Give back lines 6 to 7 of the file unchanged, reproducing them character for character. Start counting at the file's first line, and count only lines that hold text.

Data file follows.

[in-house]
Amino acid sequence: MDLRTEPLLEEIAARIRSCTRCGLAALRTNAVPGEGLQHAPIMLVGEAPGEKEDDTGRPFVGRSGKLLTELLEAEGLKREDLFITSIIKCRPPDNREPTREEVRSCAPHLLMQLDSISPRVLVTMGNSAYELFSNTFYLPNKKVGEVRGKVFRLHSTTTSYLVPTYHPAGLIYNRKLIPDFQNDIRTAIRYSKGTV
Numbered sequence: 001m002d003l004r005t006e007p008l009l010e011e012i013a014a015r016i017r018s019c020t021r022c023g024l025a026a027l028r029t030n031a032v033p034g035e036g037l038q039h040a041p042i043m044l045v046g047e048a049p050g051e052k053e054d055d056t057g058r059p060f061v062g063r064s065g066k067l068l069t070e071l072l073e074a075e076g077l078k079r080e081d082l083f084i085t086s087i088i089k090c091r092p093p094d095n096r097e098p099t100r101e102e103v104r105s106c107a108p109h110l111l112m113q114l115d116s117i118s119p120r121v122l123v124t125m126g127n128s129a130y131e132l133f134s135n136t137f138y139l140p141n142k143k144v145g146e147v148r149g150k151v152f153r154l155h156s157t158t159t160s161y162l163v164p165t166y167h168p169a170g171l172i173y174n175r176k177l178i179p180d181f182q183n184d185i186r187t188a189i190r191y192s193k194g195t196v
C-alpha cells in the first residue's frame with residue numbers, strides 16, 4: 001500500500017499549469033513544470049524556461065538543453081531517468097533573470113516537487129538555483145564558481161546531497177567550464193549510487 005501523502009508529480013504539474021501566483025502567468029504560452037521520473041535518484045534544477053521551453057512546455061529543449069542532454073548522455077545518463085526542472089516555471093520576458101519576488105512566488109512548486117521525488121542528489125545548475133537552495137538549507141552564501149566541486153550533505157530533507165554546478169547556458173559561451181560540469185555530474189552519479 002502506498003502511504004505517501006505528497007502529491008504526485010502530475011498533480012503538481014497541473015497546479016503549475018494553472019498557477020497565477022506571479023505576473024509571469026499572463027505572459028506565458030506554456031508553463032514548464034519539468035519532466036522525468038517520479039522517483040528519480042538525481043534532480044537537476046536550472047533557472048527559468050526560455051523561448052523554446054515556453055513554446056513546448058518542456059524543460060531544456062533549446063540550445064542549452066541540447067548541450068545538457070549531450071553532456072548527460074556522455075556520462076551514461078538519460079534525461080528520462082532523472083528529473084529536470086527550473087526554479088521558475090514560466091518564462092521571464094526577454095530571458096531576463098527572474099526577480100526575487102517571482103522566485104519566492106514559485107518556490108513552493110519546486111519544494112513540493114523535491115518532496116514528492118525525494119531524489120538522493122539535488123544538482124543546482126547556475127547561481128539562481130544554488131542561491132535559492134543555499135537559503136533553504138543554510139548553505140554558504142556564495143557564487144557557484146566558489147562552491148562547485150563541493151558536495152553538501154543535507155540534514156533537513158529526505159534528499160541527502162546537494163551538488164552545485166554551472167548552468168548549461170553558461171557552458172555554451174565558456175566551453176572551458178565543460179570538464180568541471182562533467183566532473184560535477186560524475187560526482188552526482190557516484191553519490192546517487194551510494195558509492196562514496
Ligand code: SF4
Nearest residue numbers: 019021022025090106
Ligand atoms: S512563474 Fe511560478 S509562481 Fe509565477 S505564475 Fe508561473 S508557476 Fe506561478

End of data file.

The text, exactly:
Nearest residue numbers: 019021022025090106
Ligand atoms: S512563474 Fe511560478 S509562481 Fe509565477 S505564475 Fe508561473 S508557476 Fe506561478